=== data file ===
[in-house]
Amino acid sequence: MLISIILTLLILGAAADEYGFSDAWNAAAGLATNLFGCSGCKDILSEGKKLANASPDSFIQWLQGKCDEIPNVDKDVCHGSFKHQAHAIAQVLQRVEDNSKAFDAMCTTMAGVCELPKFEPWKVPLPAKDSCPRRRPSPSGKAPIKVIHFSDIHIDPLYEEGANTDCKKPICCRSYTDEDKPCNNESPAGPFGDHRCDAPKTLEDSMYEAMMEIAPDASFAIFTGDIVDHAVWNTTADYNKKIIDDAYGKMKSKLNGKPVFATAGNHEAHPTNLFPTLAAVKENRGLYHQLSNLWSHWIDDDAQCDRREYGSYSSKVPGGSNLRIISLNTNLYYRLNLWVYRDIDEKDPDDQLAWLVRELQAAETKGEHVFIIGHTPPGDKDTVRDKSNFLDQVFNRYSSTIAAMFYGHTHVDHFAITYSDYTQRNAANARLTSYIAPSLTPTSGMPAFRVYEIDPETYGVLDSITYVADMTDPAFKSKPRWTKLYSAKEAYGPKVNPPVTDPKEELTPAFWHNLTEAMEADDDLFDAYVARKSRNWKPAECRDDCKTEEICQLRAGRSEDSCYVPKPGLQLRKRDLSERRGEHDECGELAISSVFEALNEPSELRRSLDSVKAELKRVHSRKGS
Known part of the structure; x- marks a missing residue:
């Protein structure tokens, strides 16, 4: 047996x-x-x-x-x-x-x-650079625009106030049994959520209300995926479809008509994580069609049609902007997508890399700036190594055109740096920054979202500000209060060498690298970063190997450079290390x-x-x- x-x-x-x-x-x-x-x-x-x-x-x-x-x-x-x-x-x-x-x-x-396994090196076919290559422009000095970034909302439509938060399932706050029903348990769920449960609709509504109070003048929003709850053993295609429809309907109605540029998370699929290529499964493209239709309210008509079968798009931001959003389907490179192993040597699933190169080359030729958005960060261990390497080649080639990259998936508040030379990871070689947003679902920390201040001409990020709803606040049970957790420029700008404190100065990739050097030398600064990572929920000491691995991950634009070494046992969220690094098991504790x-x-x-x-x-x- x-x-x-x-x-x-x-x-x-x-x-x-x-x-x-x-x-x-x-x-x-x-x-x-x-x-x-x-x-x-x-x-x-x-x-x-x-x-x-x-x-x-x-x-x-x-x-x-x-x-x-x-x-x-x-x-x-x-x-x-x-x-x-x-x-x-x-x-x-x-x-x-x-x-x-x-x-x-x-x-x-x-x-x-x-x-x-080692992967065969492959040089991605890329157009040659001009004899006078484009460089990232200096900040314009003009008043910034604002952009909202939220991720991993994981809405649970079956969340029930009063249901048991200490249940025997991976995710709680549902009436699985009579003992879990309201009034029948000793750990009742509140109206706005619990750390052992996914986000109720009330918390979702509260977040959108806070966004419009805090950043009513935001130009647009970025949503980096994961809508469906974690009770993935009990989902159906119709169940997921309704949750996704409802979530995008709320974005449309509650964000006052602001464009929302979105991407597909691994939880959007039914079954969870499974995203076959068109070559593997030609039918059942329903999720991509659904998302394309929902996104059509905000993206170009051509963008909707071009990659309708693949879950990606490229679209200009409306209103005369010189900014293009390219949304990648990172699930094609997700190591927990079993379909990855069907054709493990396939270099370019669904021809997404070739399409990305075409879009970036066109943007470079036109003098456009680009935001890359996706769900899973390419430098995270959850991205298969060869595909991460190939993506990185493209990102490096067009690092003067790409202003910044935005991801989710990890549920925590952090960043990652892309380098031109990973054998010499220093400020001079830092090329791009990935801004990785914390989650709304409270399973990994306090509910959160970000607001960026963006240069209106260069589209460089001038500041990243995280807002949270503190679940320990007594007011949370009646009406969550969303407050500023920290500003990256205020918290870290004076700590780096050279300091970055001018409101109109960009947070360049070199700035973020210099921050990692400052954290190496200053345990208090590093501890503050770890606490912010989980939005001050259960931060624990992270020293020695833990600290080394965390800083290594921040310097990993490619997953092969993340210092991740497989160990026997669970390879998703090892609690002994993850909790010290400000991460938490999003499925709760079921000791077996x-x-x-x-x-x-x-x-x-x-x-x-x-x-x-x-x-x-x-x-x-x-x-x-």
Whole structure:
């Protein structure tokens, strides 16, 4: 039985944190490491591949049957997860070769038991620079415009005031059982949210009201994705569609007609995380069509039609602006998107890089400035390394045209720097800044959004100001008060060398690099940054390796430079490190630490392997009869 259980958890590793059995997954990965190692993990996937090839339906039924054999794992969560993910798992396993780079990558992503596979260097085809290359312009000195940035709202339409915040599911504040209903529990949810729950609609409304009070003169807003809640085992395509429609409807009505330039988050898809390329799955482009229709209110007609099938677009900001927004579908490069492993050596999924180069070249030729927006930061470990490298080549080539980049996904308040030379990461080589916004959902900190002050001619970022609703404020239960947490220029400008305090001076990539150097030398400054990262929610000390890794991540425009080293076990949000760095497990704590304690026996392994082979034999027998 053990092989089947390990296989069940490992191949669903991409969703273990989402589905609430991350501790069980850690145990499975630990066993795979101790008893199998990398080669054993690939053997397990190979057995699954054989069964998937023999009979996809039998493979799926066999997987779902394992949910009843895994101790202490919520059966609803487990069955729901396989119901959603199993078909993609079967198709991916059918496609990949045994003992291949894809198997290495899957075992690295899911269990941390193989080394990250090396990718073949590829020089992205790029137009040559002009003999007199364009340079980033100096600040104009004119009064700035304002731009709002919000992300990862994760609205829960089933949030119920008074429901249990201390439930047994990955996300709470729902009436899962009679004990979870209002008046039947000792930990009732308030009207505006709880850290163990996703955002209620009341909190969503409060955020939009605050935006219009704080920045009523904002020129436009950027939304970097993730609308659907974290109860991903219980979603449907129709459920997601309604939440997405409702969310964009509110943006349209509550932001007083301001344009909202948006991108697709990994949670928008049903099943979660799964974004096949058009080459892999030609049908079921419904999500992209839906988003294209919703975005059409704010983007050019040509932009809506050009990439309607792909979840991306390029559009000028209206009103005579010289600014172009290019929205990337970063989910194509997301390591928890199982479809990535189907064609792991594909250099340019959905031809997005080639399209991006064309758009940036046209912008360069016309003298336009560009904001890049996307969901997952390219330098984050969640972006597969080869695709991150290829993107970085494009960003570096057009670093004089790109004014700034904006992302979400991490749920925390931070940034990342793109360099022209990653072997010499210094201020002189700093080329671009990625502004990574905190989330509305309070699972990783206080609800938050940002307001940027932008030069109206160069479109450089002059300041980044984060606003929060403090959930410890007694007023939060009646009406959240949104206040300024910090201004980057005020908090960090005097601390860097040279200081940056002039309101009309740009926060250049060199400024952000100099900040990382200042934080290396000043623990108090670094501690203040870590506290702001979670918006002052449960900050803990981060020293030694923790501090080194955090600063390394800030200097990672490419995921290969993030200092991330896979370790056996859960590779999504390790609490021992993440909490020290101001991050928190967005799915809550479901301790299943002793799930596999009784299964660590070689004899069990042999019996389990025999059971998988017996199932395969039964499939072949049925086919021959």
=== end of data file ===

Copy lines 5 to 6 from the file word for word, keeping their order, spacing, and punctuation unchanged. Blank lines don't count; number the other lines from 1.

Whole structure:
């Protein structure tokens, strides 16, 4: 039985944190490491591949049957997860070769038991620079415009005031059982949210009201994705569609007609995380069509039609602006998107890089400035390394045209720097800044959004100001008060060398690099940054390796430079490190630490392997009869 259980958890590793059995997954990965190692993990996937090839339906039924054999794992969560993910798992396993780079990558992503596979260097085809290359312009000195940035709202339409915040599911504040209903529990949810729950609609409304009070003169807003809640085992395509429609409807009505330039988050898809390329799955482009229709209110007609099938677009900001927004579908490069492993050596999924180069070249030729927006930061470990490298080549080539980049996904308040030379990461080589916004959902900190002050001619970022609703404020239960947490220029400008305090001076990539150097030398400054990262929610000390890794991540425009080293076990949000760095497990704590304690026996392994082979034999027998 053990092989089947390990296989069940490992191949669903991409969703273990989402589905609430991350501790069980850690145990499975630990066993795979101790008893199998990398080669054993690939053997397990190979057995699954054989069964998937023999009979996809039998493979799926066999997987779902394992949910009843895994101790202490919520059966609803487990069955729901396989119901959603199993078909993609079967198709991916059918496609990949045994003992291949894809198997290495899957075992690295899911269990941390193989080394990250090396990718073949590829020089992205790029137009040559002009003999007199364009340079980033100096600040104009004119009064700035304002731009709002919000992300990862994760609205829960089933949030119920008074429901249990201390439930047994990955996300709470729902009436899962009679004990979870209002008046039947000792930990009732308030009207505006709880850290163990996703955002209620009341909190969503409060955020939009605050935006219009704080920045009523904002020129436009950027939304970097993730609308659907974290109860991903219980979603449907129709459920997601309604939440997405409702969310964009509110943006349209509550932001007083301001344009909202948006991108697709990994949670928008049903099943979660799964974004096949058009080459892999030609049908079921419904999500992209839906988003294209919703975005059409704010983007050019040509932009809506050009990439309607792909979840991306390029559009000028209206009103005579010289600014172009290019929205990337970063989910194509997301390591928890199982479809990535189907064609792991594909250099340019959905031809997005080639399209991006064309758009940036046209912008360069016309003298336009560009904001890049996307969901997952390219330098984050969640972006597969080869695709991150290829993107970085494009960003570096057009670093004089790109004014700034904006992302979400991490749920925390931070940034990342793109360099022209990653072997010499210094201020002189700093080329671009990625502004990574905190989330509305309070699972990783206080609800938050940002307001940027932008030069109206160069479109450089002059300041980044984060606003929060403090959930410890007694007023939060009646009406959240949104206040300024910090201004980057005020908090960090005097601390860097040279200081940056002039309101009309740009926060250049060199400024952000100099900040990382200042934080290396000043623990108090670094501690203040870590506290702001979670918006002052449960900050803990981060020293030694923790501090080194955090600063390394800030200097990672490419995921290969993030200092991330896979370790056996859960590779999504390790609490021992993440909490020290101001991050928190967005799915809550479901301790299943002793799930596999009784299964660590070689004899069990042999019996389990025999059971998988017996199932395969039964499939072949049925086919021959």